Surprisingly, populations across all sowing densities attained constant seed yield, which was greater for plants that grew in 16 h photoperiod treatment. This means that regardless of whether there were 64 plants, 500 or 1000 plants in a tray within a photoperiod treatment, all populations produced the same amount of seeds. Furthermore, no main effect of photoperiod treatment was found for vegetative biomass production. So, seemingly, differences in biotic and abiotic conditions did not trigger competitive responses which is usually indicated by differential biomass production (and that could have led to reduced yield as well).

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Did plants just make use of resources available to them, not minding their co-competitors at all? Not quite. Even though we found no evidence of differential vegetative biomass production, closer inspection revealed a sowing density and photoperiod treatment interaction for the average mass of 100 seeds. Plants that grew sparsely, produced seeds of similar weights in both photoperiod conditions. When sowing density was increased, the weight of individual seeds diverged in opposite directions – the average seed produced in 16 h conditions was heavier than that produced in 12 h photoperiod conditions. So, instead of varying vegetative biomass production, plants’ focus seemed to be on the seeds, which is not unexpected since Arabidopsis is a species with relatively short life-cycle (approx. 6 weeks).

In conclusion, this study showed that vegetative biomass and total seed yield are not the only things to consider when assessing the performance of plants. When plants produce the same amount of vegetative or generative biomass, then this does not automatically mean that plants have no reactions to different conditions at all. There is still a lot to be learned.

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Citation: Vain, S., Gielen, I., Liira, J., & Zobel, K. (2020). Population-level performance of Arabidopsis thaliana (L.) Heynh in dense monocultures. Journal of Plant Ecology, rtaa006, https://doi.org/10.1093/jpe/rtaa006 (link to full text)

Abstract:

AIMS

Very little is known about the performance of non-agricultural plant species in monocultures, even though nearly all agricultural species have experienced the transition from multi-species environments to dense monospecific stands during the breeding process. In the light of recent work that highlighted the possibility that the weedy species Arabidopsis thaliana can offer novel insight into crop breeding, we aimed to test the effect of sowing density on group and individual performance in different photoperiod environments in A. thaliana.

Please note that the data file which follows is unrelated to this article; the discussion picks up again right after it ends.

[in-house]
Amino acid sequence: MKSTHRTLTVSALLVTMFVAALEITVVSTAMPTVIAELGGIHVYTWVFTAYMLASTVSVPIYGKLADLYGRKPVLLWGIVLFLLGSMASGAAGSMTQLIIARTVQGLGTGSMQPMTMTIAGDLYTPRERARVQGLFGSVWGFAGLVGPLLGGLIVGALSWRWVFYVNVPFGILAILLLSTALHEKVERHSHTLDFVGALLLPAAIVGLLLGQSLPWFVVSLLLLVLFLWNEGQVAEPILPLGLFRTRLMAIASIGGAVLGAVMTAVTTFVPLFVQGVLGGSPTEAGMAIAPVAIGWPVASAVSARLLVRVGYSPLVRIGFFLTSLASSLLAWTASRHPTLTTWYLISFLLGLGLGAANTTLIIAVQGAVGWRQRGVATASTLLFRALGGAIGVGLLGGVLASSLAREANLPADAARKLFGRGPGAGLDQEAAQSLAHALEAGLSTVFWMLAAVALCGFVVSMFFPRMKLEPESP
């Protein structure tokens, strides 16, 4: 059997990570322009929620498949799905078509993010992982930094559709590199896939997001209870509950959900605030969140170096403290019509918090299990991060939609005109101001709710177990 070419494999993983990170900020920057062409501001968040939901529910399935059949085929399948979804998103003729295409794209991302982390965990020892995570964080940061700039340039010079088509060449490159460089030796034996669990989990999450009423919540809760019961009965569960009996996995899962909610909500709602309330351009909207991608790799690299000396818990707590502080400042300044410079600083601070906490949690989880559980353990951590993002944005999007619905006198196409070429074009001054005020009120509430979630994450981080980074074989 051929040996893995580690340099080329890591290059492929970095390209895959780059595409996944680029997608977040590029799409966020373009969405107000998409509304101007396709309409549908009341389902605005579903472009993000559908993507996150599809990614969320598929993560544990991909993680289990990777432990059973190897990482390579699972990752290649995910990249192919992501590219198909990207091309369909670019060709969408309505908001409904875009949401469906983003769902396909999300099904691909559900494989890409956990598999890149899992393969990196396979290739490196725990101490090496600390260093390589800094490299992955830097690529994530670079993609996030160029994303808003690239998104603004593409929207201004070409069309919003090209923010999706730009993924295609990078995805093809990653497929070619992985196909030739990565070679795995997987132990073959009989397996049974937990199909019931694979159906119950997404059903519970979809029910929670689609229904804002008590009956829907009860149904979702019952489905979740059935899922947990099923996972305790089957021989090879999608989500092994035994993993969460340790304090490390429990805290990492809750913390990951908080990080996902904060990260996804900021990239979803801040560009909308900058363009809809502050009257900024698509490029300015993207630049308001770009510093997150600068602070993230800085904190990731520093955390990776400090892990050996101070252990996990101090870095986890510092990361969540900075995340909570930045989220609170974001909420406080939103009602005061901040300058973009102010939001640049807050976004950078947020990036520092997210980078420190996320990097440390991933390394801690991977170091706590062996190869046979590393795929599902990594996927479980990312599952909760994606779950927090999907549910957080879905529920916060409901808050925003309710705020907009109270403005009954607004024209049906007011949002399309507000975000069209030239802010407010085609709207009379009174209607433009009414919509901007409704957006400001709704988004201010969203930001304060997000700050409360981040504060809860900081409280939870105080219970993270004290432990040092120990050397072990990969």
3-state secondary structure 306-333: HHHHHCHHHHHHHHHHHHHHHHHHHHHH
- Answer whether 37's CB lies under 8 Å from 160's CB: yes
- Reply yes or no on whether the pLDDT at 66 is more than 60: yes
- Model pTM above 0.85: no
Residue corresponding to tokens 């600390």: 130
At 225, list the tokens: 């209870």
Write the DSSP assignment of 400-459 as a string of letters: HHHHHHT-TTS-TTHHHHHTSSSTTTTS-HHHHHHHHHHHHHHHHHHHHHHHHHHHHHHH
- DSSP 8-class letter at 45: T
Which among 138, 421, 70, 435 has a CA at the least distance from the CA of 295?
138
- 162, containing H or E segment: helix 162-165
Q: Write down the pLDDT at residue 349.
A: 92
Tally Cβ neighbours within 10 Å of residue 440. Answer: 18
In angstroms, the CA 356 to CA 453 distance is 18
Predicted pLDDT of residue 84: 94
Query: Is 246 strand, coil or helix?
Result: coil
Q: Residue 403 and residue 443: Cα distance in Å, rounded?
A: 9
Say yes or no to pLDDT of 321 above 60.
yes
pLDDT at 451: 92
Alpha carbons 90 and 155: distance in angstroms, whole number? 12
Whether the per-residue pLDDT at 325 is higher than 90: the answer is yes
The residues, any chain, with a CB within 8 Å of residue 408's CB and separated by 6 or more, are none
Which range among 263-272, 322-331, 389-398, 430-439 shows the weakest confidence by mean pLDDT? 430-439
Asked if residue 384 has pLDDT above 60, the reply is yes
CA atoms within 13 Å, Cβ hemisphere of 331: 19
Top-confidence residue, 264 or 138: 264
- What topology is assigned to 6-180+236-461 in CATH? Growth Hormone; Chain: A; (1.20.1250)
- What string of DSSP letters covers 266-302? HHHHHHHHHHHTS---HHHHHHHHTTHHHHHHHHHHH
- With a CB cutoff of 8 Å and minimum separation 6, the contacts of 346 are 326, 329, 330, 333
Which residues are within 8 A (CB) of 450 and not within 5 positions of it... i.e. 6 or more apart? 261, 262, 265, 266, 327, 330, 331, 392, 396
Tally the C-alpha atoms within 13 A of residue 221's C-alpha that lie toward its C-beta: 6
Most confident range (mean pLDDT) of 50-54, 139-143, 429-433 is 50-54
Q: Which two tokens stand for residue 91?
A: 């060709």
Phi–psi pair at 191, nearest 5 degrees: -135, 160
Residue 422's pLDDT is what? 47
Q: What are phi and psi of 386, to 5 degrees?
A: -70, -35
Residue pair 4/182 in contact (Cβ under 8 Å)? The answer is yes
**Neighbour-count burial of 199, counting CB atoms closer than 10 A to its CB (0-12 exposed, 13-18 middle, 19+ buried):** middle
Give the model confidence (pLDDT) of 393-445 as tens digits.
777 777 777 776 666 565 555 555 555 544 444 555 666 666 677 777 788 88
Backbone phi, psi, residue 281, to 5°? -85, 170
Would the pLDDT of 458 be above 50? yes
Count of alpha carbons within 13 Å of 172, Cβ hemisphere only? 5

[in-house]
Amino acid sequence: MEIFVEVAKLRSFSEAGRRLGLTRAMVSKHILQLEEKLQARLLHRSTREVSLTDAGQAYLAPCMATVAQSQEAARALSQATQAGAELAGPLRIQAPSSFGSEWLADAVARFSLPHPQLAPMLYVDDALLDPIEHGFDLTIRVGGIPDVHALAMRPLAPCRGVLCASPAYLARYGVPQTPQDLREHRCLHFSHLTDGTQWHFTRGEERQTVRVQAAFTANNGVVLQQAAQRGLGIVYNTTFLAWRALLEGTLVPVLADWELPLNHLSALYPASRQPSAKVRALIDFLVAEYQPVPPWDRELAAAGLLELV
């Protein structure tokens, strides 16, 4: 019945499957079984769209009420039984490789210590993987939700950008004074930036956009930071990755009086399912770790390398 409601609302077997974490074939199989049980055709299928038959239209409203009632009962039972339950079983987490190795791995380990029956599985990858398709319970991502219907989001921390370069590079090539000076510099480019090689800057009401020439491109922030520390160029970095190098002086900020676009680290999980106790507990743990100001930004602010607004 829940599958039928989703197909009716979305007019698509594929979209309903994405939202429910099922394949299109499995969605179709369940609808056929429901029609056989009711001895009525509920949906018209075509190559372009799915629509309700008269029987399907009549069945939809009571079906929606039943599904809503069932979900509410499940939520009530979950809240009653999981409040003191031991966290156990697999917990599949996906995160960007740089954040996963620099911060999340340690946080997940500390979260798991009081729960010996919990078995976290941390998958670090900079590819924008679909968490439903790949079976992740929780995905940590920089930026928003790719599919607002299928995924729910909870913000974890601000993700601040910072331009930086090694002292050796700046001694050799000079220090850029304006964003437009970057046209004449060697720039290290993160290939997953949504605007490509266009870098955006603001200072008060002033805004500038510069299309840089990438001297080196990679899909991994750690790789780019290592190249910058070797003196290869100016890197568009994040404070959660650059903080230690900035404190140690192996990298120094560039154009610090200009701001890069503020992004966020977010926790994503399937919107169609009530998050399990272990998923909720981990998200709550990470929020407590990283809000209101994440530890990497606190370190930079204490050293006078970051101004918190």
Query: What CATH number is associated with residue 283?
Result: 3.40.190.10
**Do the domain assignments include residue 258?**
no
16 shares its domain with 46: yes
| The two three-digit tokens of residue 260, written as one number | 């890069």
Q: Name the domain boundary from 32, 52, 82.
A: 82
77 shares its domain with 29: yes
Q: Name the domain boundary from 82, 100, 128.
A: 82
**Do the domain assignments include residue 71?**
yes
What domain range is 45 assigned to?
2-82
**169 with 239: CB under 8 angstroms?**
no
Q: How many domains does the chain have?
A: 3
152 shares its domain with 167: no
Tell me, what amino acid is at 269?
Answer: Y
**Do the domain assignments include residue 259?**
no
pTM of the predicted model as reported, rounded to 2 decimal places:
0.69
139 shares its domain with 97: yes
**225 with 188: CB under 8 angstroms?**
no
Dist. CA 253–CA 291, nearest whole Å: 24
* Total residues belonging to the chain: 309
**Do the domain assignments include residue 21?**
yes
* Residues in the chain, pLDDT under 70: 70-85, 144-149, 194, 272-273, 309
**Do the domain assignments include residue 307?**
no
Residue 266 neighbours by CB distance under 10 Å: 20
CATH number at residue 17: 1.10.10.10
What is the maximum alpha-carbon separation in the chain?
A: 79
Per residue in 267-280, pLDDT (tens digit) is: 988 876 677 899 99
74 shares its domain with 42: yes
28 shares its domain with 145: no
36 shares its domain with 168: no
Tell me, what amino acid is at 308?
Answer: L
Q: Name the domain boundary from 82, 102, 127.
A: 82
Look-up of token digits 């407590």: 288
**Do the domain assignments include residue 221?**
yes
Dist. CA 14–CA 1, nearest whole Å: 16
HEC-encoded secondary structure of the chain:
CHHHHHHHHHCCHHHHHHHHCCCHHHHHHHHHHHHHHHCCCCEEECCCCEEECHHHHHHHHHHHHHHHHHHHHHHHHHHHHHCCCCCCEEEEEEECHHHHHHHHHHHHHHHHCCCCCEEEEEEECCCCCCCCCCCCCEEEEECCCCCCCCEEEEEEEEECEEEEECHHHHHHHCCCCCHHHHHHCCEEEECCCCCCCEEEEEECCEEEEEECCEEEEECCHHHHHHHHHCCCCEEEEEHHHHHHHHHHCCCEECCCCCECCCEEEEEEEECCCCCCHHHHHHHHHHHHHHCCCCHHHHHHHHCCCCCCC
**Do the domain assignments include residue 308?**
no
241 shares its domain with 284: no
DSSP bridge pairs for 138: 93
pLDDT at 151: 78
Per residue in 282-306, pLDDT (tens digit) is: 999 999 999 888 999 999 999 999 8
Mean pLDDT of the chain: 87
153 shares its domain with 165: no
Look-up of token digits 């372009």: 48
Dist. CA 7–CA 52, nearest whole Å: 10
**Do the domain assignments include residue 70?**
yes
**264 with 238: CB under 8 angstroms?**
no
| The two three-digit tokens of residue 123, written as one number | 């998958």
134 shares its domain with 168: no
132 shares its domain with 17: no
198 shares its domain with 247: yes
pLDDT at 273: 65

METHODS

We studied the performance of A. thaliana Cvi-0 ecotype. The choice of Cvi-0 was based on a preliminary experiment in which plants of Cvi-0 ecotype exhibited high competitive performance. Sowing densities used were 17.6, 8.8, 4.4, 2.2 and 1.1 cm2 per plant and photoperiod environments 12 h or 16 h of day light.

IMPORTANT FINDINGS

In this experiment, populations attained constant total seed yield for all densities. Some interaction effect occurred, as at high sowing density and at longer day length plants produced heavier seeds, whereas at shorter day length seed weight was negatively related to plant density. These results shed light on different strategies that annual plants can adopt when they face intense intraspecific competition, and could help to offer new perspectives for breeding crops with enhanced group performance.

 

 

[1] Gonzalez, N., Beemster, G. T., & Inzé, D. (2009). David and Goliath: What can the tiny weed Arabidopsis teach us to improve biomass production in crops? Current Opinion in Plant Biology, 12(2), 157–164. https://doi.org/10.1016/j.pbi.2008.11.003
[2] Weiner, J., Andersen, S. B., Wille, W. K.-M., Griepentrog, H. W., & Olsen, J. M. (2010). Evolutionary Agroecology: The potential for cooperative, high density, weed-suppressing cereals. Evolutionary Applications, 3(5–6), 473–479. https://doi.org/10.1111/j.1752-4571.2010.00144.x
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EcolChange seminar – Aurèle Toussaint about traits on global scale

Seminars of Department of Botany and Centre of Excellence EcolChange

Speaker: Aurèle Toussaint is a research fellow in the Macroecology group at the University of Tartu. He is working on the functional diversity and its vulnerability in a context of biodiversity crisis. Using databases of traits for more than 80,000 species across five taxonomic groups (plants, mammals, birds, reptiles, amphibians, and freshwater fishes), he will show how the loss of vulnerable species will affect the functional diversity globally and across biogeographical realm.